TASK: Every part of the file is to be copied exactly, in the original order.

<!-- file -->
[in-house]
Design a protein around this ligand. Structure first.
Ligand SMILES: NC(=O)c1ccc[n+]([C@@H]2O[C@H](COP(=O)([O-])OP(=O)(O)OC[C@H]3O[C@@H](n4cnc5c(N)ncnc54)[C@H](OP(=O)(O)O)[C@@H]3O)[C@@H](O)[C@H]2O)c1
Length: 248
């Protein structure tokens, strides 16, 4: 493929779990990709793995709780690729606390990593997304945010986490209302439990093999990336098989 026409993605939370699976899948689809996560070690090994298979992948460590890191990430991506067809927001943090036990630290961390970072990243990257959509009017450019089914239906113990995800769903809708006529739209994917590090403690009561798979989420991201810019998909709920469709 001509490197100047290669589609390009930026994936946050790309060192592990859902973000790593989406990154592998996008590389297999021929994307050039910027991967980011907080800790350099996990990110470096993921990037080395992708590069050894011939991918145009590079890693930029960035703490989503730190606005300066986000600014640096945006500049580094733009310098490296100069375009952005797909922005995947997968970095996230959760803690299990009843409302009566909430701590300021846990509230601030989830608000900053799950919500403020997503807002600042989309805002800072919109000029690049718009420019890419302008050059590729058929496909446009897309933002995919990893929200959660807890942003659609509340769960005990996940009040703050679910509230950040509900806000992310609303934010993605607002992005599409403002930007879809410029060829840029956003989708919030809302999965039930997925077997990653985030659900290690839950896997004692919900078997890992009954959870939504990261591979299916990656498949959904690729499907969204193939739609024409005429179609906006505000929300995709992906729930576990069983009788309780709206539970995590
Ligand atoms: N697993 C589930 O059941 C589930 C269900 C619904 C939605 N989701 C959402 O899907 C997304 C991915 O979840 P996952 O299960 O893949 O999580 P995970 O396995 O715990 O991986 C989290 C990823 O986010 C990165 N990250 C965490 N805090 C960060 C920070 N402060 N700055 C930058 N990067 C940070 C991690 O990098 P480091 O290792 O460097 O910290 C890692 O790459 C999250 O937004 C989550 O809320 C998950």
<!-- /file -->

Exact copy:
[in-house]
Design a protein around this ligand. Structure first.
Ligand SMILES: NC(=O)c1ccc[n+]([C@@H]2O[C@H](COP(=O)([O-])OP(=O)(O)OC[C@H]3O[C@@H](n4cnc5c(N)ncnc54)[C@H](OP(=O)(O)O)[C@@H]3O)[C@@H](O)[C@H]2O)c1
Length: 248
């Protein structure tokens, strides 16, 4: 493929779990990709793995709780690729606390990593997304945010986490209302439990093999990336098989 026409993605939370699976899948689809996560070690090994298979992948460590890191990430991506067809927001943090036990630290961390970072990243990257959509009017450019089914239906113990995800769903809708006529739209994917590090403690009561798979989420991201810019998909709920469709 001509490197100047290669589609390009930026994936946050790309060192592990859902973000790593989406990154592998996008590389297999021929994307050039910027991967980011907080800790350099996990990110470096993921990037080395992708590069050894011939991918145009590079890693930029960035703490989503730190606005300066986000600014640096945006500049580094733009310098490296100069375009952005797909922005995947997968970095996230959760803690299990009843409302009566909430701590300021846990509230601030989830608000900053799950919500403020997503807002600042989309805002800072919109000029690049718009420019890419302008050059590729058929496909446009897309933002995919990893929200959660807890942003659609509340769960005990996940009040703050679910509230950040509900806000992310609303934010993605607002992005599409403002930007879809410029060829840029956003989708919030809302999965039930997925077997990653985030659900290690839950896997004692919900078997890992009954959870939504990261591979299916990656498949959904690729499907969204193939739609024409005429179609906006505000929300995709992906729930576990069983009788309780709206539970995590
Ligand atoms: N697993 C589930 O059941 C589930 C269900 C619904 C939605 N989701 C959402 O899907 C997304 C991915 O979840 P996952 O299960 O893949 O999580 P995970 O396995 O715990 O991986 C989290 C990823 O986010 C990165 N990250 C965490 N805090 C960060 C920070 N402060 N700055 C930058 N990067 C940070 C991690 O990098 P480091 O290792 O460097 O910290 C890692 O790459 C999250 O937004 C989550 O809320 C998950």